Sunday, March 08, 2009

Path of the Jaguar

Alan Rabinowitz envisions a different ending to the story. He imagines that the young jaguar, when he leaves his birthplace, will pass unseen by humans through a near-continuous corridor of sheltering vegetation. Within a couple of days he'll find a small tract of forest harboring enough prey for him to stop and rest a day or two before resuming his trek. Eventually he'll reach a national park or wildlife preserve where he'll find a home, room to roam, plenty of prey, females looking for a mate. Rabinowitz is the world's leading jaguar expert, and he has begun to realize his dream of creating a vast network of interconnected corridors and refuges extending from the U.S.-Mexico border into South America. It is known as Paseo del Jaguar—Path of the Jaguar. Rabinowitz considers such a network the best hope for keeping this great New World cat from joining lions and tigers on the endangered species list. In the 1990s, having censused jaguars across their range, Rabinowitz and other specialists identified dozens of what they called jaguar conservation units (JCUs): large areas with perhaps 50 jaguars, where the local population was either stable or increasing. At the heart of most of the JCUs were existing parks or other protected areas, which Rabinowitz hoped to expand and secure with surrounding buffer zones. "I felt that the best thing we could hope to do was to lock up these great populations in these fragmented areas," he said. Within a few years, though, the new science of DNA fingerprinting—studying genetic material to determine family and species relationships—revealed an amazing fact: The jaguar is the only large, wide-ranging carnivore in the world with no subspecies. Simply put, this means that for millennia jaguars have been mingling their genes throughout their entire range, so that individuals in northern Mexico are identical to those in southern Brazil. For that to be true, some of the cats must wander regularly and widely between populations. Rabinowitz hopes to convince national governments throughout the jaguar's range to maintain this web of habitat through enlightened land-use planning, such as choosing noncritical areas for major developments and road construction. Diana Hadley of the Arizona-based Northern Jaguar Project works to protect the northernmost jaguar population in Mexico, with the long-term goal of seeing the species return to the United States. Hadley said the project and its Mexican partners "fully support" Paseo del Jaguar...National Geographic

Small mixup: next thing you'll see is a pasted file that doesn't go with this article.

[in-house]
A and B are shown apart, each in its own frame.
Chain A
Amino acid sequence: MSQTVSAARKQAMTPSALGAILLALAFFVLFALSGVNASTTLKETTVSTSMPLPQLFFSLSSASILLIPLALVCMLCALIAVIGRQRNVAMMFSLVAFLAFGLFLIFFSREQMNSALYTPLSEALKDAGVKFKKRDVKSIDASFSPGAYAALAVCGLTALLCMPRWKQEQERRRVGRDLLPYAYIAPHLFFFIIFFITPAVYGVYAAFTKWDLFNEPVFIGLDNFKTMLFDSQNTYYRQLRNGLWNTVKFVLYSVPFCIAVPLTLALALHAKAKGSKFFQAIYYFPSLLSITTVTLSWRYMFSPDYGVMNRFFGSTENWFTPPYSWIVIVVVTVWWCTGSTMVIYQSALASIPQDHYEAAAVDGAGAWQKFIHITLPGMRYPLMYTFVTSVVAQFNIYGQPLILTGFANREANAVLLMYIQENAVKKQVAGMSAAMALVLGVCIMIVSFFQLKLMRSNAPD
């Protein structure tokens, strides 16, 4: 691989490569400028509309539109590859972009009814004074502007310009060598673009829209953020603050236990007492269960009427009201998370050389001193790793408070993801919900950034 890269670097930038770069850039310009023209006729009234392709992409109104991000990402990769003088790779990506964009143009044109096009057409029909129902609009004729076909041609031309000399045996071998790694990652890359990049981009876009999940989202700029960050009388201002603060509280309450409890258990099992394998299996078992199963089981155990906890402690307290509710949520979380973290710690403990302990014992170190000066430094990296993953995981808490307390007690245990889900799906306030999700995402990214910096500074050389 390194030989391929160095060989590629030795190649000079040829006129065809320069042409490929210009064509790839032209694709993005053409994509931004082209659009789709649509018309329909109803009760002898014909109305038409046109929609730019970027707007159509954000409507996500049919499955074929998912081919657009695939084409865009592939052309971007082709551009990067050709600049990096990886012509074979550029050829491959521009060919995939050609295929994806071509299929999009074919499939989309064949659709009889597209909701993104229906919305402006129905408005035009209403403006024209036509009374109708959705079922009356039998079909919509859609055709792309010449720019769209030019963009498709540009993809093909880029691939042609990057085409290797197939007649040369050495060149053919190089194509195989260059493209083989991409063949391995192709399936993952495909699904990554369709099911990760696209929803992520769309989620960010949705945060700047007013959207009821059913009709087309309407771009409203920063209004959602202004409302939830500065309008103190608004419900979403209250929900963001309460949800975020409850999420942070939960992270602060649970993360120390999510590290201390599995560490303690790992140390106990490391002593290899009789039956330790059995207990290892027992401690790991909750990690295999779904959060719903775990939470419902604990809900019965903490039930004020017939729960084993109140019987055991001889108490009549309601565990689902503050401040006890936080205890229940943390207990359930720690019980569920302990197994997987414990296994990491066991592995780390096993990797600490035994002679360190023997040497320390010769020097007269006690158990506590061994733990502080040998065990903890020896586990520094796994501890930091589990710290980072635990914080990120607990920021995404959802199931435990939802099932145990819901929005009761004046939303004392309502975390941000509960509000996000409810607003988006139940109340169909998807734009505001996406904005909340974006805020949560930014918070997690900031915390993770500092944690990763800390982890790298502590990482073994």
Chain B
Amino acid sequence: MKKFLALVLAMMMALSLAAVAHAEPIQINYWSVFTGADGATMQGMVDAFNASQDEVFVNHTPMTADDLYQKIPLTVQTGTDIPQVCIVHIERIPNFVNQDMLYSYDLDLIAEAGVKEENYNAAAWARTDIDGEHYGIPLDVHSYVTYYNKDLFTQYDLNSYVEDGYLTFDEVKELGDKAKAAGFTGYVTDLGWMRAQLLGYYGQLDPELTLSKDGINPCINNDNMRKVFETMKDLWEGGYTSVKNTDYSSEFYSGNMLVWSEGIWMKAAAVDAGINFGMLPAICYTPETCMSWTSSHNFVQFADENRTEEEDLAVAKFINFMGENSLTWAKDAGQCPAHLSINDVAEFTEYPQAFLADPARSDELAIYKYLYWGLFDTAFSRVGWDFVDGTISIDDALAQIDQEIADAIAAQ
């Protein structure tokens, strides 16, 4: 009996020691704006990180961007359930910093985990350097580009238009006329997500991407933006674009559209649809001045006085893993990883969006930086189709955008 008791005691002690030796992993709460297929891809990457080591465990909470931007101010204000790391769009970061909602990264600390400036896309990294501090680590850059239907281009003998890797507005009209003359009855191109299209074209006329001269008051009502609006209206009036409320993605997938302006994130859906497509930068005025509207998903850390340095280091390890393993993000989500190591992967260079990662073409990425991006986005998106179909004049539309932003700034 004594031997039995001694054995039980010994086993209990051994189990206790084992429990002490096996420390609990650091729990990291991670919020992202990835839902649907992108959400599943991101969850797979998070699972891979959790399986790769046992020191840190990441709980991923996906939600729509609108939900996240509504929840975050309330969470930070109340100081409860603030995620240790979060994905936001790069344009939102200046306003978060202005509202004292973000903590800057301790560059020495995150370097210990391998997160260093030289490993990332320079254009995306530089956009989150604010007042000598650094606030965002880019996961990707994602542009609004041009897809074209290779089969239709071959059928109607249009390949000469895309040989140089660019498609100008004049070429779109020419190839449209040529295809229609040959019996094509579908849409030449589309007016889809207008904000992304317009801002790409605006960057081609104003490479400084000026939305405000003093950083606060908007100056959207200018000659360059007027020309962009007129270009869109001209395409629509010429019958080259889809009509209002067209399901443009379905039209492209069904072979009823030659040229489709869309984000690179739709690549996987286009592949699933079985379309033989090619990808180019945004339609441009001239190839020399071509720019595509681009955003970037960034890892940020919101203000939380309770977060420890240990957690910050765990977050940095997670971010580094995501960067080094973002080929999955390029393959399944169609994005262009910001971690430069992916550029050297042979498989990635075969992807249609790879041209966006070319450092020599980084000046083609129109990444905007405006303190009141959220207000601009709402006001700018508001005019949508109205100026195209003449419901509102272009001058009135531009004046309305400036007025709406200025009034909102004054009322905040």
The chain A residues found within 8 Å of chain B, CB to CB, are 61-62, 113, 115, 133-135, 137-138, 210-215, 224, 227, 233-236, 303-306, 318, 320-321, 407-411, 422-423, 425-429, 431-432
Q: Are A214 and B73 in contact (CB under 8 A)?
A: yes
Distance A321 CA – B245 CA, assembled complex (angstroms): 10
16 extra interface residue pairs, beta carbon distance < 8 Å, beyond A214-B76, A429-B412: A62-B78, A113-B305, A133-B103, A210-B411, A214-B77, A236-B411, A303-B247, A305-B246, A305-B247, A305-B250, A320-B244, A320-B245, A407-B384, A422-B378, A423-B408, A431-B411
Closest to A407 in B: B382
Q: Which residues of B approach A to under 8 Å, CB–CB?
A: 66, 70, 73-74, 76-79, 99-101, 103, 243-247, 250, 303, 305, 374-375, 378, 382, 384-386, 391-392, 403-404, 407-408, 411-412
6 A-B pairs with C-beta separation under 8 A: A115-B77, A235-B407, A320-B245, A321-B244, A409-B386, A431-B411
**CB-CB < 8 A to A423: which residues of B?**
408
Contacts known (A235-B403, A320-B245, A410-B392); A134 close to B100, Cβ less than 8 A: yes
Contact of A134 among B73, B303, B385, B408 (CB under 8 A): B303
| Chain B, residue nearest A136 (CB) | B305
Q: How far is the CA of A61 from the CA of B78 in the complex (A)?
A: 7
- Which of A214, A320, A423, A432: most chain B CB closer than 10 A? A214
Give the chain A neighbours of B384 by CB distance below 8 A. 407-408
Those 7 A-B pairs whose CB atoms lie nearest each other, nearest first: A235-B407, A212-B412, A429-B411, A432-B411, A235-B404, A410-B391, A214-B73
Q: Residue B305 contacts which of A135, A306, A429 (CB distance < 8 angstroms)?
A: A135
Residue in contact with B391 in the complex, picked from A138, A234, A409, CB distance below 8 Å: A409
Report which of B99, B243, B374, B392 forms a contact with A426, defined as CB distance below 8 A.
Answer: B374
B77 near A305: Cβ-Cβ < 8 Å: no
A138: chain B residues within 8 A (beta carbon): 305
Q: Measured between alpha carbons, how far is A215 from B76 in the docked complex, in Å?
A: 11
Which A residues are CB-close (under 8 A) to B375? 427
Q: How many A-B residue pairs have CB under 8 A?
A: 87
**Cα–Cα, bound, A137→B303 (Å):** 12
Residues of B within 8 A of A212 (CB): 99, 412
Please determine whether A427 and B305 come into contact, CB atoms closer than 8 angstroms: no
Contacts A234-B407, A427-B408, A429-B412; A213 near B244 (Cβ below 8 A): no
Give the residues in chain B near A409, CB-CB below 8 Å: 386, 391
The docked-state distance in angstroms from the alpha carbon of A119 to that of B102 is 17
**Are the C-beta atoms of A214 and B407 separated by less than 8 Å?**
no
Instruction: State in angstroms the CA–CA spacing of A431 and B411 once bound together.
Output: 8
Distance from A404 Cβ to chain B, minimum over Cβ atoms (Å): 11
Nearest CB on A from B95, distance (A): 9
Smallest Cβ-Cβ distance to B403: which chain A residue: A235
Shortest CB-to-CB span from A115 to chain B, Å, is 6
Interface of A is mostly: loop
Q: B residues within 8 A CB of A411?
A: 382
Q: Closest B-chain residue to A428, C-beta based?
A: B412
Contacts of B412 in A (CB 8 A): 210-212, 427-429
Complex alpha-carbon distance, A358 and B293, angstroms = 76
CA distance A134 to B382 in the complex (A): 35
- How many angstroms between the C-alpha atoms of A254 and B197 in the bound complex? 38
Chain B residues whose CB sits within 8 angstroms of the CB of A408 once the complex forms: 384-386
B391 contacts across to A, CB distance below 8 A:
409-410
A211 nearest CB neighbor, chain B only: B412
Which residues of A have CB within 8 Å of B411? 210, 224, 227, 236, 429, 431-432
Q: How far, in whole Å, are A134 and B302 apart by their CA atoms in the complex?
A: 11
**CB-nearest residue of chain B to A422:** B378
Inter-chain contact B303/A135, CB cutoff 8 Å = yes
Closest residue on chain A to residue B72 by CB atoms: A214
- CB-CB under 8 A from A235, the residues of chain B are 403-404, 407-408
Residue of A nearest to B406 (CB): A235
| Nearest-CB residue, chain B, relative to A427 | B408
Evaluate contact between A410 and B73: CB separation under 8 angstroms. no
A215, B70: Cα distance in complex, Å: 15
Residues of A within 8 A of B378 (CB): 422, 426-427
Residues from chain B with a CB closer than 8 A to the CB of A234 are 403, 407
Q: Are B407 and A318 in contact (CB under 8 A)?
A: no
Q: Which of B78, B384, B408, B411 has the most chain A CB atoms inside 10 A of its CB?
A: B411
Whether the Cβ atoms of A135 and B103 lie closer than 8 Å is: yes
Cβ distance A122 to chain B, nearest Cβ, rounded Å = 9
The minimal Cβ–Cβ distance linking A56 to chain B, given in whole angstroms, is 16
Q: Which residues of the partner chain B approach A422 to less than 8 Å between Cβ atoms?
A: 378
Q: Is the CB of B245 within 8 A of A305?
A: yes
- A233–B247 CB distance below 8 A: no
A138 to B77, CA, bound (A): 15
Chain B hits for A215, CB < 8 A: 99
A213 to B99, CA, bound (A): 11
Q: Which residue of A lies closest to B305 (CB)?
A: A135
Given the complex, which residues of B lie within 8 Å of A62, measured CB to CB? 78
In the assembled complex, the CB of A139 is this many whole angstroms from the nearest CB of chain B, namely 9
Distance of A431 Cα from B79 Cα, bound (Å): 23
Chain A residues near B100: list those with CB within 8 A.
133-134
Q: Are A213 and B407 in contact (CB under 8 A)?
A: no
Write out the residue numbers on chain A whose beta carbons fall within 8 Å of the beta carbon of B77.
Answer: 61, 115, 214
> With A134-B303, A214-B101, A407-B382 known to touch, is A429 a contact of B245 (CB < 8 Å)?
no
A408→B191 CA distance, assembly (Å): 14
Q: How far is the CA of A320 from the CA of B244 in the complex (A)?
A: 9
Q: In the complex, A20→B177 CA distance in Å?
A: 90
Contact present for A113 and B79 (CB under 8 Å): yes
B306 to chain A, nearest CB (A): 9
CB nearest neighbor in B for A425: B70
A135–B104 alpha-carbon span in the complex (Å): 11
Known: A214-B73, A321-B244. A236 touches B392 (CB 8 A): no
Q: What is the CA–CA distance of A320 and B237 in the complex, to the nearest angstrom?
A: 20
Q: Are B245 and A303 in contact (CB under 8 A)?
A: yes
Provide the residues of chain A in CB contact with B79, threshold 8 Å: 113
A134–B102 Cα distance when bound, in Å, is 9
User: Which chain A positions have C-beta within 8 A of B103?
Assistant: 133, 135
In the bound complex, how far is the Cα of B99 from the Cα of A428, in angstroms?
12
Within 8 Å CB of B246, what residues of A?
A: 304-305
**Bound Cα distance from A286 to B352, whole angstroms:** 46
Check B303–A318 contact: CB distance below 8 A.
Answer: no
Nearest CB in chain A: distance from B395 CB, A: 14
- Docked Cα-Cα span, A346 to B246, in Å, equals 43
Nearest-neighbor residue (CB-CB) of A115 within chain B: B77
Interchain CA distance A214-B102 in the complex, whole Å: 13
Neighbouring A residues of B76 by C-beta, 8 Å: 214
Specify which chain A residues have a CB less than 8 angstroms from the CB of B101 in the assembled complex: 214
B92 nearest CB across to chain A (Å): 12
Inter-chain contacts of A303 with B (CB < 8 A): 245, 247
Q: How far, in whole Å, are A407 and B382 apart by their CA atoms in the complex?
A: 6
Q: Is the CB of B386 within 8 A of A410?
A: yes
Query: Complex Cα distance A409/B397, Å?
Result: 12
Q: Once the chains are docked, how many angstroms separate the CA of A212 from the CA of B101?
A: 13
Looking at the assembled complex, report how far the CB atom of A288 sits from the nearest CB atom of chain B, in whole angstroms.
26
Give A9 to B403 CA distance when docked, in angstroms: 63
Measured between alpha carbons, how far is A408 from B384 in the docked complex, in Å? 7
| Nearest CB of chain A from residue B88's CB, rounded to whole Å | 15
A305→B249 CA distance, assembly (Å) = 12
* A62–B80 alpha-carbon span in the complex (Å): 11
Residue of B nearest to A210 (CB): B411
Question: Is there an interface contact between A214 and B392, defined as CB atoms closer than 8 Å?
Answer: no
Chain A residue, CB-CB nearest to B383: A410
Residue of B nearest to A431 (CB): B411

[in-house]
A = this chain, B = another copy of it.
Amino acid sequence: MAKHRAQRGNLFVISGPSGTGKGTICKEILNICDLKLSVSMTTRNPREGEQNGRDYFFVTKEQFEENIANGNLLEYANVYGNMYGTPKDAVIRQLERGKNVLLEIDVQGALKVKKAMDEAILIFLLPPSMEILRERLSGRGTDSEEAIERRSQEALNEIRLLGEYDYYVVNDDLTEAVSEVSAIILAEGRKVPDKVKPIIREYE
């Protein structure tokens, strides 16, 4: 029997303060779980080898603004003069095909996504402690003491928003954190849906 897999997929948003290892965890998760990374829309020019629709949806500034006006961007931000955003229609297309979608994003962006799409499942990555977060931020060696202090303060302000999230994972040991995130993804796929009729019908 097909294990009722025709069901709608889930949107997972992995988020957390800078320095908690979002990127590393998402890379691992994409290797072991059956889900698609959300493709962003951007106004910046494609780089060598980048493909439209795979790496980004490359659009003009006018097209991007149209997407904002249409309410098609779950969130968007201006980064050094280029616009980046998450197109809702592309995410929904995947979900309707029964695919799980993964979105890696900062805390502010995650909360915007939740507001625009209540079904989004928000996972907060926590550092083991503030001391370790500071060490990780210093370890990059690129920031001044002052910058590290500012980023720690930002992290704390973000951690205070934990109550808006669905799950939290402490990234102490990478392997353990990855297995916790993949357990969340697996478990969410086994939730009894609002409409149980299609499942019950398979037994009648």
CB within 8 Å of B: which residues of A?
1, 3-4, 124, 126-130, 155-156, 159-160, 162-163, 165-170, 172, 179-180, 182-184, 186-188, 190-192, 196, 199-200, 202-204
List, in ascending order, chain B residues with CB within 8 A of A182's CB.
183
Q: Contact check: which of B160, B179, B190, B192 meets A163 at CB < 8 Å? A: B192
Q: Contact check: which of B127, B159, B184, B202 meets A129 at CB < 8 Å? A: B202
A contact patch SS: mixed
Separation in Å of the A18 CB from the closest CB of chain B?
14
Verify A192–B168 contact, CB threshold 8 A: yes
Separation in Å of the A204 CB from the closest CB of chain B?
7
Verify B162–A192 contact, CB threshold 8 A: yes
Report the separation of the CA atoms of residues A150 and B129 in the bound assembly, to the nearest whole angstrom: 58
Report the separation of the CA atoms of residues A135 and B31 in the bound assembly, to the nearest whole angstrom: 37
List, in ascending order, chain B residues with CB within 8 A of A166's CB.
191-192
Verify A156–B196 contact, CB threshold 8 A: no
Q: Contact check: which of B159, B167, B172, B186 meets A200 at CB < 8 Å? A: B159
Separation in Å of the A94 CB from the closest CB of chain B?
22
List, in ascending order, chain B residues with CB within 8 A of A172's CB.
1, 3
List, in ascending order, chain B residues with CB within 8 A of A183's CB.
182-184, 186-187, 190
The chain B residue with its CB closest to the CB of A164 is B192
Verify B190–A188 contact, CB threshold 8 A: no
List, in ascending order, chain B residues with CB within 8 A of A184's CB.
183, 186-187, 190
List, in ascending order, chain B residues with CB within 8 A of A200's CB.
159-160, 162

1 comment:

Wilson said...

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